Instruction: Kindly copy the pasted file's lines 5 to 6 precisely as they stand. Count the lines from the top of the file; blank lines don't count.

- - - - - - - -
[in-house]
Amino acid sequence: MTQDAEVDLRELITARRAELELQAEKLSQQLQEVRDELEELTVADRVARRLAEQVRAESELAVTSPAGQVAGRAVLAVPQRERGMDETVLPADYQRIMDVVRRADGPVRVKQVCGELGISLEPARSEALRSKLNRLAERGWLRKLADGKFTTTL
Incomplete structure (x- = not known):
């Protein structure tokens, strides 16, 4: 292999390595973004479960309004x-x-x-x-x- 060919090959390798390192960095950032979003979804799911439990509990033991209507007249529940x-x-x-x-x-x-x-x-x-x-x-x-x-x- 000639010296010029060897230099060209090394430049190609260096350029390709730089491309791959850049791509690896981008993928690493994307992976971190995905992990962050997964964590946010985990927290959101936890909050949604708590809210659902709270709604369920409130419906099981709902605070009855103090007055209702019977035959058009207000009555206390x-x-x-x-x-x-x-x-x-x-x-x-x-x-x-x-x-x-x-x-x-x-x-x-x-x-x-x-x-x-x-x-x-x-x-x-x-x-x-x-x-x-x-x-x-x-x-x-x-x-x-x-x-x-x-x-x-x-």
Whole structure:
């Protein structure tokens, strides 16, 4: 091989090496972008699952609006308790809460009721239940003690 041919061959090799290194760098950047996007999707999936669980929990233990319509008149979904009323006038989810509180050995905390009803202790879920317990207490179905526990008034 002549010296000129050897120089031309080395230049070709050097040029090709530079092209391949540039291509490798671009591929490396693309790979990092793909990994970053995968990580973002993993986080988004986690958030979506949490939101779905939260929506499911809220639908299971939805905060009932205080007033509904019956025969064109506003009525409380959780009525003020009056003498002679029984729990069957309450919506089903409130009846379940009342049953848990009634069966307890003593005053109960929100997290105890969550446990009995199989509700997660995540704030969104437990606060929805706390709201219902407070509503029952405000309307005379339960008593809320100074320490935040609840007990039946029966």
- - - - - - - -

Whole structure:
């Protein structure tokens, strides 16, 4: 091989090496972008699952609006308790809460009721239940003690 041919061959090799290194760098950047996007999707999936669980929990233990319509008149979904009323006038989810509180050995905390009803202790879920317990207490179905526990008034 002549010296000129050897120089031309080395230049070709050097040029090709530079092209391949540039291509490798671009591929490396693309790979990092793909990994970053995968990580973002993993986080988004986690958030979506949490939101779905939260929506499911809220639908299971939805905060009932205080007033509904019956025969064109506003009525409380959780009525003020009056003498002679029984729990069957309450919506089903409130009846379940009342049953848990009634069966307890003593005053109960929100997290105890969550446990009995199989509700997660995540704030969104437990606060929805706390709201219902407070509503029952405000309307005379339960008593809320100074320490935040609840007990039946029966």